Sorry, let me try to explain that better xD To me it looks like the farrier trims, but tends to trim so that her hoof wall grows slanted, if that makes any sense? Like, she has more wall on one side of the hoof than on the other which causes problems, and within two weeks the inner side of her hoof wall begins wearing down/outer wall begins growing faster and she's left lopsided and putting extra pressure on her tendons. So I just take the rasp and I rasp the outside wall down to match the inner wall at 2-3 weeks into the trim. Make sense? From what I've read it just sounded to me like she wore one side down faster than the other and obviously my farrier isn't great (but better than my last one, who hit her in the hip with his rasp when she pulled her foot backwards after something startled her!), and her legs have never looked like they grew oddly to me, but I guess that doesn't mean they don't. I've never had radiographs or xrays done of her legs/joints before.

My farrier must be doing something seriously wrong then, because he always used the nipper to take off some toe. Then he goes back with the rasp and evens things up, rounds off her toes, etc. I'm rather confused! XD

Here is a picture of her hoof a week and a half after trimming. In my limited knowledge the toe is WAY too long and they seem to start flaring out at some point, but I know little about heel height or anything. The angles don't match on all of her feet either >.> I don't have pictures of any other angles though.

Front foot


Back foot:
     
    04-11-2013, 05:41 AM
  #15
Trained
Quote:
Originally Posted by Endiku    
inner side of her hoof wall begins wearing down/outer wall begins growing faster and she's left lopsided and putting extra pressure on her tendons. So I just take the rasp and I rasp the outside wall down to match the inner wall
Without much more info, I can only give you hypotheticals, but what I was trying to explain is that if her feet seem to 'want' to keep growing imbalanced, it may be that they *should* be like that & that trimming them to be even may be what puts extra pressure on tendons. Horses tend to rest with the inner side of the fronts bearing more weight, so shorter, more upright medial sides, slightly longer, more angled lateral sides are normal for horses that aren't in lots of work.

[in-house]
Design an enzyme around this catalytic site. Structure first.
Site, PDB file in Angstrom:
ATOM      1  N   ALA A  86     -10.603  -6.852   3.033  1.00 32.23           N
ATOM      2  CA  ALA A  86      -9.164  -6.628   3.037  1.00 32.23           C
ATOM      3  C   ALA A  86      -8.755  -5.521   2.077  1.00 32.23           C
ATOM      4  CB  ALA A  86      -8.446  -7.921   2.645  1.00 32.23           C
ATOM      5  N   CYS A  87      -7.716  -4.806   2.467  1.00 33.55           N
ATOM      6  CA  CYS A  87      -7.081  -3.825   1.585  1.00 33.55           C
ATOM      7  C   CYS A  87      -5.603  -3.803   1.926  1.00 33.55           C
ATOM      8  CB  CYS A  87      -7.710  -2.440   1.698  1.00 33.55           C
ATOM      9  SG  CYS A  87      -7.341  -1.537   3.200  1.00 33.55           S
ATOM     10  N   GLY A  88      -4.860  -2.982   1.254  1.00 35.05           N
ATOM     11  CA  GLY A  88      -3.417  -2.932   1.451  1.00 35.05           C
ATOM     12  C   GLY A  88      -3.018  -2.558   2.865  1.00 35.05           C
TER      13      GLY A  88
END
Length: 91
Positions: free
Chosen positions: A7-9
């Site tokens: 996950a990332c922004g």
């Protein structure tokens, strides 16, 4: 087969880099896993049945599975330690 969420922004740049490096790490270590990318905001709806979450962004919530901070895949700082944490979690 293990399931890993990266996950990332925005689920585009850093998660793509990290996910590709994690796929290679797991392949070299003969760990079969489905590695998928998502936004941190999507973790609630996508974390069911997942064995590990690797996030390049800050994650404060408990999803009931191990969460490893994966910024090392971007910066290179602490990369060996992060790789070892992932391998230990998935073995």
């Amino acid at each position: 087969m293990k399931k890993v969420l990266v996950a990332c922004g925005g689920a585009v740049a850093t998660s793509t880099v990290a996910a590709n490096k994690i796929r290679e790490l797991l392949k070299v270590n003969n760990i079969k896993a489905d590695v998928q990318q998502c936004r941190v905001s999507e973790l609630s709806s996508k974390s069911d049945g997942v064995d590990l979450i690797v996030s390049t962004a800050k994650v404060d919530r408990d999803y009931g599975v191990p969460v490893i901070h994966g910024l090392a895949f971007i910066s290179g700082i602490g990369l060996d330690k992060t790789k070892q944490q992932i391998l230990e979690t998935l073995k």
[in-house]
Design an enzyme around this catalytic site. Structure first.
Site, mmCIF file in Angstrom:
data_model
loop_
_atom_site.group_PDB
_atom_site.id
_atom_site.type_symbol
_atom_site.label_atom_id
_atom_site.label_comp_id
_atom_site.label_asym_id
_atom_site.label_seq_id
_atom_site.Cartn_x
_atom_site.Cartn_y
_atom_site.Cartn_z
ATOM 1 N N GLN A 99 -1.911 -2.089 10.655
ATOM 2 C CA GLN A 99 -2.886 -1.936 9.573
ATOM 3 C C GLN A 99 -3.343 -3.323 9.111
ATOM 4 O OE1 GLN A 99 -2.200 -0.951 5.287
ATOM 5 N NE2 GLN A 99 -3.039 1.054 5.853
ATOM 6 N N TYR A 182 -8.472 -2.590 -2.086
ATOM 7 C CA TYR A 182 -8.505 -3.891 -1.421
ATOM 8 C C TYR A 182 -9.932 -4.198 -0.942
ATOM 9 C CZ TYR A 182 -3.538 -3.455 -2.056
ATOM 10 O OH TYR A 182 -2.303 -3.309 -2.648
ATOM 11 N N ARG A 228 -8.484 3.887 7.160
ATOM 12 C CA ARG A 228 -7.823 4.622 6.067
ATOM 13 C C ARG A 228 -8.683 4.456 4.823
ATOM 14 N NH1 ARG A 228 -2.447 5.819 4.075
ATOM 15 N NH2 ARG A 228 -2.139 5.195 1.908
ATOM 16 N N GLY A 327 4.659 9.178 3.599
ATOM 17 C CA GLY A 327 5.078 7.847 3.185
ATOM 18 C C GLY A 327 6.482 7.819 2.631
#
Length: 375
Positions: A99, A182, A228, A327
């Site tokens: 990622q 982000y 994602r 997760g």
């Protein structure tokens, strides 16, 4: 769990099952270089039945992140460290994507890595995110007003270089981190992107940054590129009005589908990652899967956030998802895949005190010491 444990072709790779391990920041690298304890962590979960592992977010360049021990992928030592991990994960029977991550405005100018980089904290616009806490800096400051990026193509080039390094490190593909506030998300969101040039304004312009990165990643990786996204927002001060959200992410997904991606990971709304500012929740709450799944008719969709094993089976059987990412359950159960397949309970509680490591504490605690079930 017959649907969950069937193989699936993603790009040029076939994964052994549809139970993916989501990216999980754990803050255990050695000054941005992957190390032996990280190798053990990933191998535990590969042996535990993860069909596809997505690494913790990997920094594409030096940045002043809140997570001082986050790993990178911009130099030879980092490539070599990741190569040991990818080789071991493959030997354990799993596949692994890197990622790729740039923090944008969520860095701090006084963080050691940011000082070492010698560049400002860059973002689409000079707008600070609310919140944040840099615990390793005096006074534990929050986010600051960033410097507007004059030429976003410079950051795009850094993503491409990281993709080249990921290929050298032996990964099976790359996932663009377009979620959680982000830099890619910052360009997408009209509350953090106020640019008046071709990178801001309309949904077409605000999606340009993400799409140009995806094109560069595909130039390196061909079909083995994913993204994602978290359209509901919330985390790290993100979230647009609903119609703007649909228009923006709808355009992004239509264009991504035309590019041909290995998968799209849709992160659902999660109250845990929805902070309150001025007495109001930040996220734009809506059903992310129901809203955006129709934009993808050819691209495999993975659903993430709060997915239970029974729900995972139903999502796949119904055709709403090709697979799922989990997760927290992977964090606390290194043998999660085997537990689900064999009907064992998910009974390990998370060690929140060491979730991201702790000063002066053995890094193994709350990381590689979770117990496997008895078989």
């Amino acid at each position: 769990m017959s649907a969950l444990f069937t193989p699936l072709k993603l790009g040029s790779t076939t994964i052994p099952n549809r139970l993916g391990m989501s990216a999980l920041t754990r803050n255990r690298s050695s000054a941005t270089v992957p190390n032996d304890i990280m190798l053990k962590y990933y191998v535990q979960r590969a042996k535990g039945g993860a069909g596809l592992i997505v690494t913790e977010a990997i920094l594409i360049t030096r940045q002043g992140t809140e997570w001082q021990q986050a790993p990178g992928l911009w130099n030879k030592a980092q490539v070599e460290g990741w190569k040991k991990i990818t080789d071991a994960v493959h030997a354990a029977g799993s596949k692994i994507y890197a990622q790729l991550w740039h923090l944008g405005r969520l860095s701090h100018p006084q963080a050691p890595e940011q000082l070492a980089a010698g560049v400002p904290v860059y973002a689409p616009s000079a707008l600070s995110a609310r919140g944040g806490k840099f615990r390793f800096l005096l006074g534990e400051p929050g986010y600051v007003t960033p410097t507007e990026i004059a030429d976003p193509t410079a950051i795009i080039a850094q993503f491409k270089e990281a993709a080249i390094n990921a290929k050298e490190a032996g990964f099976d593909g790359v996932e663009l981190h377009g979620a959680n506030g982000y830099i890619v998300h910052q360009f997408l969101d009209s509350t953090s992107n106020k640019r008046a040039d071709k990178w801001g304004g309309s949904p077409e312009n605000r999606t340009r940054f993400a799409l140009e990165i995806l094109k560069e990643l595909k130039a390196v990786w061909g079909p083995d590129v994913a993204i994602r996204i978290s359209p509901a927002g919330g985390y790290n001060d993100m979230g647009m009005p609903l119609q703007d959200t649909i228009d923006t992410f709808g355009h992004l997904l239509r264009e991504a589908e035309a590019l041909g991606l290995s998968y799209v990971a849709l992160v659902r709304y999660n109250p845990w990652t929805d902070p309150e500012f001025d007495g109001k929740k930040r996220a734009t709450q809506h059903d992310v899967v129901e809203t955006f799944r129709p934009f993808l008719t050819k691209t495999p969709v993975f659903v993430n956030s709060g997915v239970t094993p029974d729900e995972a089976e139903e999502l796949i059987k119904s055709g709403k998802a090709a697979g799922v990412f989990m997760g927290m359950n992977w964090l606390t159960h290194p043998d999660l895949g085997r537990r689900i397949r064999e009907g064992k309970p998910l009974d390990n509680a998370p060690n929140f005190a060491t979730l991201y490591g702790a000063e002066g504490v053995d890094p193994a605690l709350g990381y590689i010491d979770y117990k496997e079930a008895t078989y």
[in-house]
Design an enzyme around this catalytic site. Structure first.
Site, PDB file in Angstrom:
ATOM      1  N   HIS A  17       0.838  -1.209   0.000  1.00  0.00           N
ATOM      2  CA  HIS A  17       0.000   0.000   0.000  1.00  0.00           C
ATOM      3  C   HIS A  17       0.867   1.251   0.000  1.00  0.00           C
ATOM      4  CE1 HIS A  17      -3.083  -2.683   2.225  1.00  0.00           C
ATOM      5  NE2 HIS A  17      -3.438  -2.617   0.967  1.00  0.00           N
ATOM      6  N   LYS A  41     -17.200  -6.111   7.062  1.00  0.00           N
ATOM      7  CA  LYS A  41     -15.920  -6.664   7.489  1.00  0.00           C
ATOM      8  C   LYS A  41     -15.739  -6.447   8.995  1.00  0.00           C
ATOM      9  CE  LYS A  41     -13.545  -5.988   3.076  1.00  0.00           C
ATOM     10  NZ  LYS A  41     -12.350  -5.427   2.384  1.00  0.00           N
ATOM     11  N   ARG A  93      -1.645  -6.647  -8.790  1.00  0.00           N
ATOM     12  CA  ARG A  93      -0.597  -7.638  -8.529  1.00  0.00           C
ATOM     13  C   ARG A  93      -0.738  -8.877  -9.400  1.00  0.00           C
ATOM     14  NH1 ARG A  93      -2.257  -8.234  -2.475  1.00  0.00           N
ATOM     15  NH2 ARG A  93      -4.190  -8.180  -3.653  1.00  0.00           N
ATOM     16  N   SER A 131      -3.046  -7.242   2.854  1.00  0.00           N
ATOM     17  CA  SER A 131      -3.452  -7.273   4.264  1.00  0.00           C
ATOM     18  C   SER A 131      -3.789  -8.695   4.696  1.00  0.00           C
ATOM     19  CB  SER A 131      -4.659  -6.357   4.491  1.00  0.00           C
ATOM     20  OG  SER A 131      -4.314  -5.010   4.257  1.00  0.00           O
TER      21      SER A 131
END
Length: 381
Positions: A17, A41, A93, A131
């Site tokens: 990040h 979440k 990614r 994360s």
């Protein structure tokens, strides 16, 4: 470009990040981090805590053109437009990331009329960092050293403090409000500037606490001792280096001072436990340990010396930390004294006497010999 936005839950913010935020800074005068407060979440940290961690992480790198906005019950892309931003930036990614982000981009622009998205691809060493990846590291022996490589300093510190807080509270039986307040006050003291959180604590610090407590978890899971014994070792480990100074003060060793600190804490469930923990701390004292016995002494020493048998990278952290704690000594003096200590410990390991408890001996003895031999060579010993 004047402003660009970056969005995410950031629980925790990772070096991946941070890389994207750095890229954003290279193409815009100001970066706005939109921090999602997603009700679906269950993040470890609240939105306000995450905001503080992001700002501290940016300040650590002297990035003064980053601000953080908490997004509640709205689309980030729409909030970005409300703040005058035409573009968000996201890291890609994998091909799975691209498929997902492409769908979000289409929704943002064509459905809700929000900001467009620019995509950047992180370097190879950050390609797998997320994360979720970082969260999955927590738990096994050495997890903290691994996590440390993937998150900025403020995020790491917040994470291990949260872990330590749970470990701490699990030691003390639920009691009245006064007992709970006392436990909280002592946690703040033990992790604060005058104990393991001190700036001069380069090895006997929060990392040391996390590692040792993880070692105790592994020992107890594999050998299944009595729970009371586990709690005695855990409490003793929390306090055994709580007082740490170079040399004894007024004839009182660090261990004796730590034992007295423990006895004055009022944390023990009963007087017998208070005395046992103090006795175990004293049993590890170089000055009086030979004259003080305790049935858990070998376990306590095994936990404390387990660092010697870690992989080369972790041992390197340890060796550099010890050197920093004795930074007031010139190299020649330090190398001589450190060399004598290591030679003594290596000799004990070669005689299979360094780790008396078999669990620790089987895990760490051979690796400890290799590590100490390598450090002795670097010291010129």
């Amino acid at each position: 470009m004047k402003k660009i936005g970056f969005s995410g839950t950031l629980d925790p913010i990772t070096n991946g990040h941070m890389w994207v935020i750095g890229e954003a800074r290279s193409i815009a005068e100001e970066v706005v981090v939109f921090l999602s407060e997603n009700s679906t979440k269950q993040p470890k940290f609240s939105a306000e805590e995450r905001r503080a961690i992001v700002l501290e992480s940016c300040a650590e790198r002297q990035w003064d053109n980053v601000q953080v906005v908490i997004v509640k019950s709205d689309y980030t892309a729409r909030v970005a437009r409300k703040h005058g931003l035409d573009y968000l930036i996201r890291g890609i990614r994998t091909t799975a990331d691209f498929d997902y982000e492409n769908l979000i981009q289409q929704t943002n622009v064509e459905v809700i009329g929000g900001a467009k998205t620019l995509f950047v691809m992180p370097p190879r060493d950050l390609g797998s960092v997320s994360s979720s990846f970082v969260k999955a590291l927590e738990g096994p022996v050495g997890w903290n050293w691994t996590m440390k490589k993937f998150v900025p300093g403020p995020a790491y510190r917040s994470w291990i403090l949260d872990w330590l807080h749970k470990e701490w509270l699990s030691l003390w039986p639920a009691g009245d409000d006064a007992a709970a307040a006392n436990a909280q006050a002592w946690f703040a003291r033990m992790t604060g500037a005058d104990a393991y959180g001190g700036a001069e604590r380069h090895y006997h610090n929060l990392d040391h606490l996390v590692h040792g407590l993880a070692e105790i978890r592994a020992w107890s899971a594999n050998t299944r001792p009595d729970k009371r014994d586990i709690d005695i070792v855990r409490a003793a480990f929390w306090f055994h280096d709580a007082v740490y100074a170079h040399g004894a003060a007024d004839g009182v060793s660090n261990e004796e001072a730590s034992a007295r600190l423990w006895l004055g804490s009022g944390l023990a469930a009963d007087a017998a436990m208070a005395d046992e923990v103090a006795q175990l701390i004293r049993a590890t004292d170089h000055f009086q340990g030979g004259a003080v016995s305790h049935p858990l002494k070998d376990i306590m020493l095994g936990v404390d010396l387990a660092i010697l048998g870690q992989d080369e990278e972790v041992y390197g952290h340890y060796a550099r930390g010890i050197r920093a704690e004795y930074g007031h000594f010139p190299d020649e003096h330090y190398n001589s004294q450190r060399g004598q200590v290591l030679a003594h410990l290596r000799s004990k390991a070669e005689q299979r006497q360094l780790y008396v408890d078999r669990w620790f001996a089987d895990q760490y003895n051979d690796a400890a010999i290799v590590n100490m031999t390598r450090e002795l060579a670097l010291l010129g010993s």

If you're only rasping the outer walls & not touching the ground surface, you won't be affecting this balance really anyway. There is more to it, but it's largely cosmetic to rasp the outer surface of the walls.

Quote:
My farrier must be doing something seriously wrong then, because he always used the nipper to take off some toe.
Not necessarily your farrier's doing something wrong, perhaps there's just that much excess by the time he visits. But... Yes, I'd agree with your 'limited knowledge' that if your pics are only 10 days post trim, he's leaving way too much toe on the ground & it appears likely too much heel too. But if you would like a good hoof critique, need better pics. In the meantime...

Xrays could be good & that left fore looks like there's a fair bit of 'rotation' likely. Appears that one's a bit 'clubby' & that the others may be reasonably OK tho & it may be that that foot 'needs' to remain high heeled...

I've marked that pic to show some signs that give me an idea what's going on in this foot. Red lines show problems - broken forward hoof-pastern angle, quite flared toe from high up the wall - looks like only the top half inch or so is likely close to parallel with P3. Heels are long & forward. Hairline is a shallow angle. Blue line indicates approx where I'd bevel the toe(probably further but guess based on the one pic). Pink line indicates where I guess P3 is.
Attached Images
File Type: jpg Halters011_zps070fc5ad.jpg (63.0 KB, 18 views)
     
    04-11-2013, 05:26 PM
  #16
Teen Forum Moderator
It would make sense for her to have coffin bone rotation, considering that she did founder.

*sigh* if only you were in Texas, she wouldn't be in this situation in the first place! I'm definitely going to have to figure out something different when it comes to a farrier. There is a good one about two hours away from us that holds clinics and has written many books of hoof health...maybe I'll see if I can attend a few of those and talk to her personally. Sours hooves can't go on like this!

Miraculously though, she's never been lame that I know of. She has nice gaits (not show quality, but nice) and never acts like her feet hurt. It could be though, that her hooves have been this way for so long that she just ignores it and doesn't know any different. Wouldn't that be sad?

Will the coffin bone rotation cause problems further down the road? I manage her diet as well as I can to prevent relapse, but it still worries me. I'll try to scrape up some money for xrays at some point after she sees a chiro.
     
    04-11-2013, 10:34 PM
  #17
Trained
Quote:
Originally Posted by Endiku    
Miraculously though, she's never been lame that I know of.
So how was the conclusion drawn that she foundered? Horses are very stoic animals. Founder/laminitis can be 'mild', 'low grade', 'sub clinical' that causes only minor symptoms such as rings on the hooves, stretched laminae, short term, mild discomfort. Can be 'acute attacks' such as major discomfort suddenly in spring grass, which if that's the only prob & cause is removed, can be very short lived & not cause mechanical change/damage. Or can be chronic, long term, with/because of mechanical changes, such as 'rotation'.